In the United Kingdom and Japan, whale consumption grew after World War Two as it was a cheap and reliable source of protein. In the UK, corned whale meat (similar to corned beef) was widely available and described as “corned whale meat with its fishy flavor removed”. In other areas, whale meat was eaten raw, in soups and stews or grilled like a steak.
However, in Japan, a wide variety of cuts and dishes containing whale are available. Combining traditional Japanese dishes with the unique protein has created a whale-eating culture like no other country. The most common is sashimi or tatami (raw whale quickly seared with a hot flame); however, it can range from hot pots to salads.
Although there are many different dishes, it is not usually consumed everyday. It’s not really a meat regularly but is eaten for an understanding of the taste.
Different Cuts of Whale
The tongue is a high class piece of meat which is generally quite fatty, although the base and the tip vary in flavor. The fat content lends itself to oden (a Japanese dish containing all kinds of ingredients cooked in a special broth of soy sauce, sugar, sake, etc.). It is also used to make aburakasu, where it is deep fried to become crisp and gel-like in the center.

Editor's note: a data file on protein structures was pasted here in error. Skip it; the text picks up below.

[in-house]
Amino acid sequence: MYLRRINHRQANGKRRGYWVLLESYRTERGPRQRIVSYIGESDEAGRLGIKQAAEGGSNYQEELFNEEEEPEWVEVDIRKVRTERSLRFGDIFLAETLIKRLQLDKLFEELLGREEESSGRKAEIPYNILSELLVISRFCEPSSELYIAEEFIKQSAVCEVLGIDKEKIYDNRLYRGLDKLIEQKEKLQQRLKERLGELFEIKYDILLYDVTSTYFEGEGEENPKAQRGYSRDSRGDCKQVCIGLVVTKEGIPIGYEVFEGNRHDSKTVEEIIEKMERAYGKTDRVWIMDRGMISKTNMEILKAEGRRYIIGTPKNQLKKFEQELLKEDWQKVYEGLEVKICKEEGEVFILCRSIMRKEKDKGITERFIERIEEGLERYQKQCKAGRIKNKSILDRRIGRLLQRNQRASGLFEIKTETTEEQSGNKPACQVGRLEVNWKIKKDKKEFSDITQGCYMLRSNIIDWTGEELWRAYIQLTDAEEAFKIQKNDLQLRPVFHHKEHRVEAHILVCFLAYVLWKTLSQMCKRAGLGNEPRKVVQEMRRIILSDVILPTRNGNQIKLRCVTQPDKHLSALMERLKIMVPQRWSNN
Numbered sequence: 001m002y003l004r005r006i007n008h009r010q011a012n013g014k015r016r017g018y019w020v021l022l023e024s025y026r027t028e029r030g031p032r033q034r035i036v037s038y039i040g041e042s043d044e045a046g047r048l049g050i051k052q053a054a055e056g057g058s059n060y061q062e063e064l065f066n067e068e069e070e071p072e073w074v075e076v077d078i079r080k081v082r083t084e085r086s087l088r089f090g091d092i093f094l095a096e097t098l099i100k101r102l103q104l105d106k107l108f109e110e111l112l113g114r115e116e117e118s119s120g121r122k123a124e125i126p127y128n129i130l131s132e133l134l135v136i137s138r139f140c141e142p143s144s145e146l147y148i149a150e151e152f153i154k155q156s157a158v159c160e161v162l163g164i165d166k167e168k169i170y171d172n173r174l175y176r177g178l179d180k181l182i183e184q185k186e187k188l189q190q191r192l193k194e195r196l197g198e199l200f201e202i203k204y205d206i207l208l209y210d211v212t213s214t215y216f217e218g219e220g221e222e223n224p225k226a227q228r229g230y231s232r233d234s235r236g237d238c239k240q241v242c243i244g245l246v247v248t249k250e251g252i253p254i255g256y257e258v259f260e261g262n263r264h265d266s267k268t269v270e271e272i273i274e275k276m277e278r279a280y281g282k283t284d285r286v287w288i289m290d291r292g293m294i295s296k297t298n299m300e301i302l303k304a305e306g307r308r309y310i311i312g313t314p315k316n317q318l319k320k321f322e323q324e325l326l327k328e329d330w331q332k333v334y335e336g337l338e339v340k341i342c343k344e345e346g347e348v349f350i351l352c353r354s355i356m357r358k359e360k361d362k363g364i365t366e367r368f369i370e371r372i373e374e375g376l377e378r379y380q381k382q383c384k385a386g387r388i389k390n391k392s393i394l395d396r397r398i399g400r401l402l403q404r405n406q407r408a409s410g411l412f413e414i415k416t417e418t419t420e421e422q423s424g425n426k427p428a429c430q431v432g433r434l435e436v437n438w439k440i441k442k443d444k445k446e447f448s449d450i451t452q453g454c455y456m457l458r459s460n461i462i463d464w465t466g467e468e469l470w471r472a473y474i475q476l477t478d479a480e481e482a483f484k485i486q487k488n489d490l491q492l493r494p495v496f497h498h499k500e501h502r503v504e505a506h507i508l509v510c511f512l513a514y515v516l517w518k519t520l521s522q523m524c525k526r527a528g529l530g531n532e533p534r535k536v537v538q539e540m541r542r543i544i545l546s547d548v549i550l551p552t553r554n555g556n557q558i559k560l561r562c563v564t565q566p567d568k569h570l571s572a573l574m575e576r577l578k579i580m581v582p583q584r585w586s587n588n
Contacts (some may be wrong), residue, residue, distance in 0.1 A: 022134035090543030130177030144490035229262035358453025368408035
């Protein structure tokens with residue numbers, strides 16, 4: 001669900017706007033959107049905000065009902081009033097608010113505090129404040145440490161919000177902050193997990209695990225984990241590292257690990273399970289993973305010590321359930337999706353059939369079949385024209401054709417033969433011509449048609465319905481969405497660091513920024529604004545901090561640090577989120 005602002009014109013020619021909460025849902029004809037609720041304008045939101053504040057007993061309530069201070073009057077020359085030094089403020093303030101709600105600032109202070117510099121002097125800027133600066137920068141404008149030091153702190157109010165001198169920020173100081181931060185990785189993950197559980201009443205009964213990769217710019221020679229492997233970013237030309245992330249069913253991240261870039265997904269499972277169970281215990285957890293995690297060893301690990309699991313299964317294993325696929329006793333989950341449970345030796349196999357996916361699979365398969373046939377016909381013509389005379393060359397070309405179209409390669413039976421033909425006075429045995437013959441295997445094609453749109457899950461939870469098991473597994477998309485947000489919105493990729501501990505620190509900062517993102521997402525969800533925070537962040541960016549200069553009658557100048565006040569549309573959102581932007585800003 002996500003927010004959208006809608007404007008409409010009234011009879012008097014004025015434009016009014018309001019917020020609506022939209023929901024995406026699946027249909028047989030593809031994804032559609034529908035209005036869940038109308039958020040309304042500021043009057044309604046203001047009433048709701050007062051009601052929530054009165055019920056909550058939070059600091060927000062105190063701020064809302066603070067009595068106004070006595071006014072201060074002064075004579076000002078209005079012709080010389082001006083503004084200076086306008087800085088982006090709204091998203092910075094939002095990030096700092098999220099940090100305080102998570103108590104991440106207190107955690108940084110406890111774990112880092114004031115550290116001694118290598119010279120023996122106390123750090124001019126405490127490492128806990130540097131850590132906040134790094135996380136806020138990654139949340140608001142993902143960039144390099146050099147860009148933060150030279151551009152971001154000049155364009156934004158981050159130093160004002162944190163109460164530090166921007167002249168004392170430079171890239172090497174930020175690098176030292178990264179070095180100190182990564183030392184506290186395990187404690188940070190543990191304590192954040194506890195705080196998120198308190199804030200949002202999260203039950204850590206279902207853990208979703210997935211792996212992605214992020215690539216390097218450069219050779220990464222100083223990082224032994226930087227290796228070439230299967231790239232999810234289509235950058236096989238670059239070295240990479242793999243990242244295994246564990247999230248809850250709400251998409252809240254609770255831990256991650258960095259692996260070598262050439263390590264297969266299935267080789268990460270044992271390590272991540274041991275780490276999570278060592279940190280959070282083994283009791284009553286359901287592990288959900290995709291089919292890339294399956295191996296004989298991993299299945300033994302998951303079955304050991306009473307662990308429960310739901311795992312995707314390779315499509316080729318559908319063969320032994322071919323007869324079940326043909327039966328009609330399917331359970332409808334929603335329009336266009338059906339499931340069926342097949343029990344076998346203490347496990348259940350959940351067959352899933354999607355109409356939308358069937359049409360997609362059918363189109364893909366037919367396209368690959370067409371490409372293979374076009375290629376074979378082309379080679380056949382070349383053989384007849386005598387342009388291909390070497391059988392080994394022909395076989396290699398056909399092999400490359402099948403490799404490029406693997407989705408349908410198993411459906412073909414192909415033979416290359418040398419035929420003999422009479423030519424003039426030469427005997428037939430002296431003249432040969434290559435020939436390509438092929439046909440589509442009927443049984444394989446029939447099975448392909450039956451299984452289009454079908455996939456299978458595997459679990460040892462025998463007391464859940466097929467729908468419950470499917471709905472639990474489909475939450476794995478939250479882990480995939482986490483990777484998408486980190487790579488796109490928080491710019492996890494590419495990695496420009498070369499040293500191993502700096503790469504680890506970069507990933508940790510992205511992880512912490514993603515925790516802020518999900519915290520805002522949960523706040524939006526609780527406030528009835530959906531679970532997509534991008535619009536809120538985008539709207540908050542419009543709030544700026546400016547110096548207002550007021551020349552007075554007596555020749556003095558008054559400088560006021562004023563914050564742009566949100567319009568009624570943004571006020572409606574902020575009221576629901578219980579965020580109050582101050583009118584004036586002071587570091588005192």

The fin is fat and gelatinous making it prefect for sarashi-kujira (described below).
This is probably the most sought after cut of the whale. The meat from the base of the tail fin is marbled, which makes it great to eat as sashimi or fried as a steak. This part of the whale has a texture like tuna and melts in your mouth.
This is the meat from around the jaws and cheeks, which has a white-spotted pattern of marbled fat. The marbling is similar to the ono cut but it is tougher. This part can also be eaten as sashimi or in a nabe (hotpot)
This cut make up around 30-40% of the whale meat produced. This part of the whale has many uses, from cutlets and steaks to sashimi.
Although these are just a few of the different cuts of whale, many other parts are also eaten. Various organs and cartilages are used, all with different flavors and methods of preparation.
How Whale is Usually Prepared
The most common way of eating whale is grilling it like a steak. Although in Japan, there are many traditional ways of preparing and eating the meat which have been adapted from methods used centuries ago.